Scientists who have been studying fairy terns at Mangawhai on Northland’s east coast now suspect the bird’s decline may be linked to the removal of mangroves from the harbour.
The critically endangered birds have had a disastrous breeding season after stormy weather in spring, with just two chicks fledging.
But the scientists said the decline started with mangrove removal a few years ago.
In 2015 an ‘island’ of mature mangrove trees that had grown up in the Mangawhai Harbour were destroyed .
Scientists who’ve studied the Mangawhai fairy terns now think the despised mangroves may have been playing an important role in the survival of New Zealand’s rarest bird.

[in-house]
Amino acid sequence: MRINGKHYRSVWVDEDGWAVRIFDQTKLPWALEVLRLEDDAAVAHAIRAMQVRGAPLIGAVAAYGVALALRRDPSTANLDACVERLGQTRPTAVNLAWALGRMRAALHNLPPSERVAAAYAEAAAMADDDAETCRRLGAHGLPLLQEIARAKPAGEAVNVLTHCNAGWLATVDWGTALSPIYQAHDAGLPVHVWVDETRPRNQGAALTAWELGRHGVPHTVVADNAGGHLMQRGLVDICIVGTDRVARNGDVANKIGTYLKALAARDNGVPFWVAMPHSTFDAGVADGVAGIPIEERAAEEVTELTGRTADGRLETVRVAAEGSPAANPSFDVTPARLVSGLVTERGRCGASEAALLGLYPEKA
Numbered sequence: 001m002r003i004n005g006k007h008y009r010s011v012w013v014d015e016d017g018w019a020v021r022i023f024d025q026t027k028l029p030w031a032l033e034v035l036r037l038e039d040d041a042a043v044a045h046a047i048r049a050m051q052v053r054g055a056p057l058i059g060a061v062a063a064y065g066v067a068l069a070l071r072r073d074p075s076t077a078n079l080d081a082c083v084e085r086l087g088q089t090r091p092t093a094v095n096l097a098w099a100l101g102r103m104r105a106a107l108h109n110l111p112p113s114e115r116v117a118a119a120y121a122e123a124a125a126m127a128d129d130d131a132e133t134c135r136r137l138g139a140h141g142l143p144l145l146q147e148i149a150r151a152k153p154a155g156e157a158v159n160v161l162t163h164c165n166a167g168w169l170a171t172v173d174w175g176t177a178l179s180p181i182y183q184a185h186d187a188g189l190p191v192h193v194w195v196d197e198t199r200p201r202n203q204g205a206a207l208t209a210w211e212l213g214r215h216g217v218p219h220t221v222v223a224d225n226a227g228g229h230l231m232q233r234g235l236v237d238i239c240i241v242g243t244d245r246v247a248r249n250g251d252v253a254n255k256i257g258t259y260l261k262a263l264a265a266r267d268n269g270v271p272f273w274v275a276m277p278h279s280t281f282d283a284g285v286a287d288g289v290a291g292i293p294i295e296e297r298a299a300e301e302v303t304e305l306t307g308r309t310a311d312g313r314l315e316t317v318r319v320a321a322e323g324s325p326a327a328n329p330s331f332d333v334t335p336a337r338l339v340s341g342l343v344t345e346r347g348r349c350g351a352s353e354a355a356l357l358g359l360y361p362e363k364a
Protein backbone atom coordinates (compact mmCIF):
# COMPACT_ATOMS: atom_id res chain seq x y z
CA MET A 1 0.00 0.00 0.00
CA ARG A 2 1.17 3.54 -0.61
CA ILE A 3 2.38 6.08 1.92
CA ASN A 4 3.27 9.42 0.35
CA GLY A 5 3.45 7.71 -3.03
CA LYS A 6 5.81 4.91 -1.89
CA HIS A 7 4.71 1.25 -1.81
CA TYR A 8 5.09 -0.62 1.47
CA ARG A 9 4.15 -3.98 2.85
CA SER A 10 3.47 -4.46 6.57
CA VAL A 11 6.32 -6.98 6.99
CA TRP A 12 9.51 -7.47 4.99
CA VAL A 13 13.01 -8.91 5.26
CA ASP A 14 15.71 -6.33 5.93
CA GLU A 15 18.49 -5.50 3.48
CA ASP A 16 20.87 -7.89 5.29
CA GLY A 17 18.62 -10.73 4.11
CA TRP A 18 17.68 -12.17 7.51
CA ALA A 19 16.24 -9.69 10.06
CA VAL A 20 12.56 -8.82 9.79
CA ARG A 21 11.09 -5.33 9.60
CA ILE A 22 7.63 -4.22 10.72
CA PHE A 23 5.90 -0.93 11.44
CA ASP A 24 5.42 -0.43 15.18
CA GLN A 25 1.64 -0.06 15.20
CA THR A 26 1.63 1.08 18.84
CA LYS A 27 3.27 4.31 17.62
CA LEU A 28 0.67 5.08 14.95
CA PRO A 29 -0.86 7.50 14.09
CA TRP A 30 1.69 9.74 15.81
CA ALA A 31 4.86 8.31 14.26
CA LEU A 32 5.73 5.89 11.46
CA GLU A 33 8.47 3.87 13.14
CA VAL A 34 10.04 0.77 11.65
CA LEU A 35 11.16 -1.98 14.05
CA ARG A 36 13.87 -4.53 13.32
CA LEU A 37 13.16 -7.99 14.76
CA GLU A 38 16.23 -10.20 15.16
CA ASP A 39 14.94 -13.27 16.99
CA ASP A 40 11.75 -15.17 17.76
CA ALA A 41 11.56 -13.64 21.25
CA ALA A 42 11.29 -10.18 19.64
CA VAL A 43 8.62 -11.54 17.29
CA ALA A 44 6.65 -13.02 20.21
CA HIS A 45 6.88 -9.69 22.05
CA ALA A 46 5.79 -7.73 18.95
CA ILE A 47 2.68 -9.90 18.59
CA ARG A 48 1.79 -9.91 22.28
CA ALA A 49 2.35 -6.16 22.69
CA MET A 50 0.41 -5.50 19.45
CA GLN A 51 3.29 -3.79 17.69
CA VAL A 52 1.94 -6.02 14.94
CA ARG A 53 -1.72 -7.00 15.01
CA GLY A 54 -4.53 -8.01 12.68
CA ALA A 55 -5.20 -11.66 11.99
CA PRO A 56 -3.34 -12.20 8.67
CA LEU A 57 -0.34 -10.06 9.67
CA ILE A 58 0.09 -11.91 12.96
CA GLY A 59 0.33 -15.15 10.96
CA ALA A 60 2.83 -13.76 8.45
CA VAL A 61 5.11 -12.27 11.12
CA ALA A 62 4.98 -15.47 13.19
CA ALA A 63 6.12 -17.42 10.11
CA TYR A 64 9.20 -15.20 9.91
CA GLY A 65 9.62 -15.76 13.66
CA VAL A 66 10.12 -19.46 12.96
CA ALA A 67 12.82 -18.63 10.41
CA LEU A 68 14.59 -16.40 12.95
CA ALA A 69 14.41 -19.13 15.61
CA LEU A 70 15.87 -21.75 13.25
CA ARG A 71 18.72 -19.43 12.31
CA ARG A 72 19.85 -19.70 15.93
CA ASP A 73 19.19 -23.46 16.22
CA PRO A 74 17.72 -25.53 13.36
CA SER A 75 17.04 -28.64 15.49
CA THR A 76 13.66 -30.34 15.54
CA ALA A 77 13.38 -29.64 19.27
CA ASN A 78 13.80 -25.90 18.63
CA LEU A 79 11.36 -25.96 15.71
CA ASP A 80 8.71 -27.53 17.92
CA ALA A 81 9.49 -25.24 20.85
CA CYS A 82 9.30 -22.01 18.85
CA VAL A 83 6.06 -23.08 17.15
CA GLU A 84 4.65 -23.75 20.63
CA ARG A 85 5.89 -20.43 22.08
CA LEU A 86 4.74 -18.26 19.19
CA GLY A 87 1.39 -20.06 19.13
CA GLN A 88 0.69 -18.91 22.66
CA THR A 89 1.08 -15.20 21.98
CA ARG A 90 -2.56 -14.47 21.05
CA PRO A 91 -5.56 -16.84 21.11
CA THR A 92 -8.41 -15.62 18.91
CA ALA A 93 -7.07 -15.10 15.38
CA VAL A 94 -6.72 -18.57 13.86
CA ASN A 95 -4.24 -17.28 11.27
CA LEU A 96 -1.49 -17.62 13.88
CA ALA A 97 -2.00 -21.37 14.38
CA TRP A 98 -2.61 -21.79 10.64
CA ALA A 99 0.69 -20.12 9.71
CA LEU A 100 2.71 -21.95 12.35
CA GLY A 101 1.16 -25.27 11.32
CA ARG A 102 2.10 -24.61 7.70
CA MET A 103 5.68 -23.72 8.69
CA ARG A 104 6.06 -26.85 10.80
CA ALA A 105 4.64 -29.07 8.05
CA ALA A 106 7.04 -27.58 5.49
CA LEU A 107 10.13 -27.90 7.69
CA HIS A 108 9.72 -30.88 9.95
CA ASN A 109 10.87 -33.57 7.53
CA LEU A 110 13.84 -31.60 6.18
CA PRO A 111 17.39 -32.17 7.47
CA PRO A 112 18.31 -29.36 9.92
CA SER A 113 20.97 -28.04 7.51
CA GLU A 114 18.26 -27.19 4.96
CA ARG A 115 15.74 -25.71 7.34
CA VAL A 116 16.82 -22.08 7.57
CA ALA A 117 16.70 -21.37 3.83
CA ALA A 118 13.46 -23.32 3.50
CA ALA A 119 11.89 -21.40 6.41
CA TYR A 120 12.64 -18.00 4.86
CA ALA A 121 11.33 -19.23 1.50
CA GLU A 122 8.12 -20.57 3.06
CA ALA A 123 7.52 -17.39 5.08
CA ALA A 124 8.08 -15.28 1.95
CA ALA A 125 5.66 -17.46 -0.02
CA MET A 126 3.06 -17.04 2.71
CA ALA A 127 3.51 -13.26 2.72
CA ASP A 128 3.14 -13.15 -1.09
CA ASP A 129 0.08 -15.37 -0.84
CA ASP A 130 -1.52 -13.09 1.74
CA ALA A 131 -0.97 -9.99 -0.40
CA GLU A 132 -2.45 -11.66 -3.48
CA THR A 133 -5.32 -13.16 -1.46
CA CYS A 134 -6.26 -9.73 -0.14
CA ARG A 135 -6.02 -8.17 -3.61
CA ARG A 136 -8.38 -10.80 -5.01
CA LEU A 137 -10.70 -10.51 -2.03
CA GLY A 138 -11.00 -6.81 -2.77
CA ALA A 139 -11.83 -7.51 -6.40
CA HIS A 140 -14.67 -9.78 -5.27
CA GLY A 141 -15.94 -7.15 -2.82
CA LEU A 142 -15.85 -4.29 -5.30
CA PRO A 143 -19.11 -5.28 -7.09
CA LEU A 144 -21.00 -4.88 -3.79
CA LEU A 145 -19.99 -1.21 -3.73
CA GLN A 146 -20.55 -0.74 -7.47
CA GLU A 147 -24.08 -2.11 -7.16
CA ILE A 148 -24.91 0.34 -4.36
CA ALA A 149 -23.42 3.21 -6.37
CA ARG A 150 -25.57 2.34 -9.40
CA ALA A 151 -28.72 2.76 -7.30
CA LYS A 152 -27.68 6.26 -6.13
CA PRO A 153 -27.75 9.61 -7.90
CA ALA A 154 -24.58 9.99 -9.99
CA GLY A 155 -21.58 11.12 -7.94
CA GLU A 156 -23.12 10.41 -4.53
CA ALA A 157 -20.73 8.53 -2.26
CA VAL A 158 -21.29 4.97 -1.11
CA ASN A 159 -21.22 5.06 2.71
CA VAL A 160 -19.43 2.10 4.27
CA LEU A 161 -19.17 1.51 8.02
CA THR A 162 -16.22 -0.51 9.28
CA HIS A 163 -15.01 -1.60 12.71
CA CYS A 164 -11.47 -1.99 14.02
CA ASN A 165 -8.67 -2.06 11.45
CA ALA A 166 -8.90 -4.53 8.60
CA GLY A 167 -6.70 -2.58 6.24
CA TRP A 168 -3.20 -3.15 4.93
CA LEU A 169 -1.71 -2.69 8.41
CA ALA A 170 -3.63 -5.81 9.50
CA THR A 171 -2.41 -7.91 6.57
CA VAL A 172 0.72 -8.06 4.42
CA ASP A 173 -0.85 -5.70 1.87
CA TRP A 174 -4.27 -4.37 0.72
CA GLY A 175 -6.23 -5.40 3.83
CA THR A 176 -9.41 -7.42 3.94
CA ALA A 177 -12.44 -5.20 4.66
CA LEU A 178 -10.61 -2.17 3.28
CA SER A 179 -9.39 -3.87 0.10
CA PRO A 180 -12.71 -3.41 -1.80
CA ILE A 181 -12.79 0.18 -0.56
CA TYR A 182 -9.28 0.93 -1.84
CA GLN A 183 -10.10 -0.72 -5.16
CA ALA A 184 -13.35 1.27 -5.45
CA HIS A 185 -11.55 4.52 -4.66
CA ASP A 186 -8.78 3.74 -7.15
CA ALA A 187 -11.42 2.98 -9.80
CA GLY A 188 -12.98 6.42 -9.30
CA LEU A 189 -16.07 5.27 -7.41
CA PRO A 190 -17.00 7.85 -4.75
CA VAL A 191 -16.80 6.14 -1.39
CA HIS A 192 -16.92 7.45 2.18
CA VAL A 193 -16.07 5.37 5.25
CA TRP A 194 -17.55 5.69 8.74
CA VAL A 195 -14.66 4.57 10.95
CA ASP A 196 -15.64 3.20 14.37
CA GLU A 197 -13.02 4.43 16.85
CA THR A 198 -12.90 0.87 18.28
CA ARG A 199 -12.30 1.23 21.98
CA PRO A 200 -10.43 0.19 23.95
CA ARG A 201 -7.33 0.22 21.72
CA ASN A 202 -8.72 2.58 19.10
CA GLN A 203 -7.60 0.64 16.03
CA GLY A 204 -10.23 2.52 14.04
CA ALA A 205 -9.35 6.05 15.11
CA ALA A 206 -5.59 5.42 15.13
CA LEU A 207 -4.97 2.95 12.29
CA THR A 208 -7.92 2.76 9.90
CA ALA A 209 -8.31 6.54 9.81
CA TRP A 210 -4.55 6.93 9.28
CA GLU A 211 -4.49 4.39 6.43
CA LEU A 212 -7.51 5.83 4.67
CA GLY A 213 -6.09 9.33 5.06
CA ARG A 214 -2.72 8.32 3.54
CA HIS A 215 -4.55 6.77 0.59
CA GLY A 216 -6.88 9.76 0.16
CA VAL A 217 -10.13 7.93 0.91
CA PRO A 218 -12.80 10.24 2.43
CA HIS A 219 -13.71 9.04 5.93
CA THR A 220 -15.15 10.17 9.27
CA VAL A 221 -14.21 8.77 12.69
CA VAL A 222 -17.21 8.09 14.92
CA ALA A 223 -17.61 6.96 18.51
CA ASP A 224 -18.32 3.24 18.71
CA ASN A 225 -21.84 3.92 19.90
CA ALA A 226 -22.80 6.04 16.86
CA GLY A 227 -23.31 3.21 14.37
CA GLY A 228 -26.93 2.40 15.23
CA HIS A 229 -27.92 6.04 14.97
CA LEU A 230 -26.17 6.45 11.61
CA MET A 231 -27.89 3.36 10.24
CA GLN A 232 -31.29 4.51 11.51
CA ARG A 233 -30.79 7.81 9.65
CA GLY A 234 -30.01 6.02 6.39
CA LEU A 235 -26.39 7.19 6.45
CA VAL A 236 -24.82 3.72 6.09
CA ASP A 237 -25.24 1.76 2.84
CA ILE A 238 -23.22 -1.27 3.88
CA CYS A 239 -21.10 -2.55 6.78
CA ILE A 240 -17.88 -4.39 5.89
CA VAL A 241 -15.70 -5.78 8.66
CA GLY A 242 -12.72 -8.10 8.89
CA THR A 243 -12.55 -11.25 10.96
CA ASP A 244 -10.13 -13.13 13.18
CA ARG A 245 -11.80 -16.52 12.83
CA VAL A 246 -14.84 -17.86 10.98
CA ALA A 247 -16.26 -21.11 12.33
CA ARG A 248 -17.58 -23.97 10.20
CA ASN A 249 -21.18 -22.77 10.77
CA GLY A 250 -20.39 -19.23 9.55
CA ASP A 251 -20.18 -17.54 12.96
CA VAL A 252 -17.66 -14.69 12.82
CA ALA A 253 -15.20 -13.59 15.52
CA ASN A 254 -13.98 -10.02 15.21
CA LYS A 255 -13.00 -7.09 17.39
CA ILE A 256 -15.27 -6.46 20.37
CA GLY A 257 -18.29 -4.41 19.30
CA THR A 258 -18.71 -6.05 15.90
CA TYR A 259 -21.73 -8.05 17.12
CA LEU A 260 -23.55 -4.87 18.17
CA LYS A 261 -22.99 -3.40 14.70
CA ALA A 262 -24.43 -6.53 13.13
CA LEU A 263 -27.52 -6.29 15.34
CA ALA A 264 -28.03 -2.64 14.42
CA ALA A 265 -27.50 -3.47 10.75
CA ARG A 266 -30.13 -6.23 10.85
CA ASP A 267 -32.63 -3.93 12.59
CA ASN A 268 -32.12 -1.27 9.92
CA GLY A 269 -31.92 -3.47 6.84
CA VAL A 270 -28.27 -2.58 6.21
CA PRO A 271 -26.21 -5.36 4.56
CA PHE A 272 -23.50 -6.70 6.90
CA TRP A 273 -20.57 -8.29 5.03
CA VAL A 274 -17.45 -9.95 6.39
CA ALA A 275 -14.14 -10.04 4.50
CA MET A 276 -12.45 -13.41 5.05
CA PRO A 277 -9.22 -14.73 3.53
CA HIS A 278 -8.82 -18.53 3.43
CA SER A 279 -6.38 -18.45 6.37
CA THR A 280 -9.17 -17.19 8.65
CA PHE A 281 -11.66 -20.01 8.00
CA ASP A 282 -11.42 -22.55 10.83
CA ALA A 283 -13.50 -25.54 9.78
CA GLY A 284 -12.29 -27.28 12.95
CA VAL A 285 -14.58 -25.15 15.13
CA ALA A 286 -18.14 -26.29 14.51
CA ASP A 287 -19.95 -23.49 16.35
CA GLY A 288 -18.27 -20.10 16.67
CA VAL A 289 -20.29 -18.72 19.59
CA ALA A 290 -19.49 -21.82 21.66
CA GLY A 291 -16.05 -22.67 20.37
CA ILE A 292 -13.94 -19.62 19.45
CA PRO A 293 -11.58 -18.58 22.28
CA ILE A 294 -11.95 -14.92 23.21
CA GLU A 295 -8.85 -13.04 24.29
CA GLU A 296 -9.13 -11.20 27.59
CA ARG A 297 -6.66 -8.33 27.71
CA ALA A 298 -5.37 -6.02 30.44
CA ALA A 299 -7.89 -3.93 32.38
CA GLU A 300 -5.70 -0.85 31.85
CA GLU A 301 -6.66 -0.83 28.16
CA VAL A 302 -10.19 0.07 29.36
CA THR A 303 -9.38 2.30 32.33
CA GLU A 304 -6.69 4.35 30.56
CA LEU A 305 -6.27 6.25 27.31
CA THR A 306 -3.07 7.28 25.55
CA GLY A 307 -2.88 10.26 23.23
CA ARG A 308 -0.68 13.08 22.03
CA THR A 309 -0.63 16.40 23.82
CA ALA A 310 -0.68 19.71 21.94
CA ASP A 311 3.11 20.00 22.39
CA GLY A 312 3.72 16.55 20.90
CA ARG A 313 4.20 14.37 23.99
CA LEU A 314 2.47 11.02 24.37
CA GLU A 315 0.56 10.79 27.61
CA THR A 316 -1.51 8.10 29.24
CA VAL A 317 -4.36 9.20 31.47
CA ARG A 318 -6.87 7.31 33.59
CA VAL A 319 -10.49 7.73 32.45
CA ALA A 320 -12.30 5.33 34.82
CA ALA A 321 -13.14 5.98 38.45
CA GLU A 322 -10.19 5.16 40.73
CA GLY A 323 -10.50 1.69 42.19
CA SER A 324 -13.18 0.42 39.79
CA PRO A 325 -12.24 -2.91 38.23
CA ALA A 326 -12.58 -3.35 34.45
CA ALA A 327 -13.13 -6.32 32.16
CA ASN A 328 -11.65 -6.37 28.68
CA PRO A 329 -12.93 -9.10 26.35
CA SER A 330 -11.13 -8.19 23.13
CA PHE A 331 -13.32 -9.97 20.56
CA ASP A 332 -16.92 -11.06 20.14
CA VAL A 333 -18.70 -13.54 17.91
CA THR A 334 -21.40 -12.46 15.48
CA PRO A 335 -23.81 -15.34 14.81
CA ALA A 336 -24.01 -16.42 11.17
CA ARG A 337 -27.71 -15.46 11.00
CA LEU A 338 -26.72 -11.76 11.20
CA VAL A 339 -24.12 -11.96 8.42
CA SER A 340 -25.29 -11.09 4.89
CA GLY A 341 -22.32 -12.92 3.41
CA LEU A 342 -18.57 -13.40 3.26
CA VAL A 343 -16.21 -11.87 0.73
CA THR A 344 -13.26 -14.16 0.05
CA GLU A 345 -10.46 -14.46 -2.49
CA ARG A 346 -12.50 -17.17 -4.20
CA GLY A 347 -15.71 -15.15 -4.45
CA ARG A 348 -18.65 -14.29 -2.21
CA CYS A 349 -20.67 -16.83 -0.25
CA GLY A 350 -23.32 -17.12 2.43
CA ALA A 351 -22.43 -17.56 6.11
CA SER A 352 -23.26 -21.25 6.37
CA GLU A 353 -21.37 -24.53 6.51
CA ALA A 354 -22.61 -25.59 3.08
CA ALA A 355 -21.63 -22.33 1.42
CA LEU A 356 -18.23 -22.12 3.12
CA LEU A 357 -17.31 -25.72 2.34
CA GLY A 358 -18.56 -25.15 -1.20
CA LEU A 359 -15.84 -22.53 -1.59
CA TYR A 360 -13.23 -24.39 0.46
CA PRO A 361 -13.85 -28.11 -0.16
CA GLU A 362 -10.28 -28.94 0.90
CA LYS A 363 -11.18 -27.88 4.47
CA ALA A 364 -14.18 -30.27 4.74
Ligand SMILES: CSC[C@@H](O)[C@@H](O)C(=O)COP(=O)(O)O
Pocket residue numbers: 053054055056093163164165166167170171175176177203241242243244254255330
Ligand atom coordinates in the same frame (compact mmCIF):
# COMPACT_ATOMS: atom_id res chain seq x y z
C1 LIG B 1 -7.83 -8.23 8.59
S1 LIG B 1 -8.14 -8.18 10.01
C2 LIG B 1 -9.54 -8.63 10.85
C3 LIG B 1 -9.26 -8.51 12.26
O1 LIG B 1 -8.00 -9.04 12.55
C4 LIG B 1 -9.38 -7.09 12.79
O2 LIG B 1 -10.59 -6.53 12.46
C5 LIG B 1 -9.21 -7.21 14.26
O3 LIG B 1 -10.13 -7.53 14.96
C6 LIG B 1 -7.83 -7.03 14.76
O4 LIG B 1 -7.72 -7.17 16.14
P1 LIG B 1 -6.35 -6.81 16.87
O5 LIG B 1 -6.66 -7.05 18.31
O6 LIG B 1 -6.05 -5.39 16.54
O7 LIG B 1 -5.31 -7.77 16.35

New Zealand Fairy Tern Trust chair Heather Rogan said “The year before the mangroves were removed there were 18 eggs laid on the Mangawhai sandspit, and the following year, there were five. That’s quite a big drop.”
They suspect what has happened at Mangawhai, is that the birds have lost access to a close and plentiful supply of goby – little fish that were found around the mangrove island.